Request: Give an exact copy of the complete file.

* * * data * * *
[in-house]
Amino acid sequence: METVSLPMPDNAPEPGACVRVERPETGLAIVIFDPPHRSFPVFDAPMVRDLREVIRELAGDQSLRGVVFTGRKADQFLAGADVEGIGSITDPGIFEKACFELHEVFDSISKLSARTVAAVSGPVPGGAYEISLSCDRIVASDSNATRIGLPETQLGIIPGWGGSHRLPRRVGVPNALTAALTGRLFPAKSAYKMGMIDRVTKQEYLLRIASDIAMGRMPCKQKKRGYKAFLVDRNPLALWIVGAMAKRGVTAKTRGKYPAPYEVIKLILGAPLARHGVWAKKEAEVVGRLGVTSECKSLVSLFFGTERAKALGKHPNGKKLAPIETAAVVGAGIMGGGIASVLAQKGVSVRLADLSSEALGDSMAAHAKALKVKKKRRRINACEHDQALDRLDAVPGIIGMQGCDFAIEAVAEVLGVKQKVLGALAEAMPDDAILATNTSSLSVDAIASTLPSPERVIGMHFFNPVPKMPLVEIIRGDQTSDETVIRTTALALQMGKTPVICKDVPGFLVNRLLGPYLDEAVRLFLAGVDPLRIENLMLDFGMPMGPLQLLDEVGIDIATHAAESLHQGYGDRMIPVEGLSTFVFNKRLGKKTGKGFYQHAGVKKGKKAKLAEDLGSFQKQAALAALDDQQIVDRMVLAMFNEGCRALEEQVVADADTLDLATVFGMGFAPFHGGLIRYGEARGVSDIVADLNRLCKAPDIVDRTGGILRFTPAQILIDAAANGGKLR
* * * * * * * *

[in-house]
Amino acid sequence: METVSLPMPDNAPEPGACVRVERPETGLAIVIFDPPHRSFPVFDAPMVRDLREVIRELAGDQSLRGVVFTGRKADQFLAGADVEGIGSITDPGIFEKACFELHEVFDSISKLSARTVAAVSGPVPGGAYEISLSCDRIVASDSNATRIGLPETQLGIIPGWGGSHRLPRRVGVPNALTAALTGRLFPAKSAYKMGMIDRVTKQEYLLRIASDIAMGRMPCKQKKRGYKAFLVDRNPLALWIVGAMAKRGVTAKTRGKYPAPYEVIKLILGAPLARHGVWAKKEAEVVGRLGVTSECKSLVSLFFGTERAKALGKHPNGKKLAPIETAAVVGAGIMGGGIASVLAQKGVSVRLADLSSEALGDSMAAHAKALKVKKKRRRINACEHDQALDRLDAVPGIIGMQGCDFAIEAVAEVLGVKQKVLGALAEAMPDDAILATNTSSLSVDAIASTLPSPERVIGMHFFNPVPKMPLVEIIRGDQTSDETVIRTTALALQMGKTPVICKDVPGFLVNRLLGPYLDEAVRLFLAGVDPLRIENLMLDFGMPMGPLQLLDEVGIDIATHAAESLHQGYGDRMIPVEGLSTFVFNKRLGKKTGKGFYQHAGVKKGKKAKLAEDLGSFQKQAALAALDDQQIVDRMVLAMFNEGCRALEEQVVADADTLDLATVFGMGFAPFHGGLIRYGEARGVSDIVADLNRLCKAPDIVDRTGGILRFTPAQILIDAAANGGKLR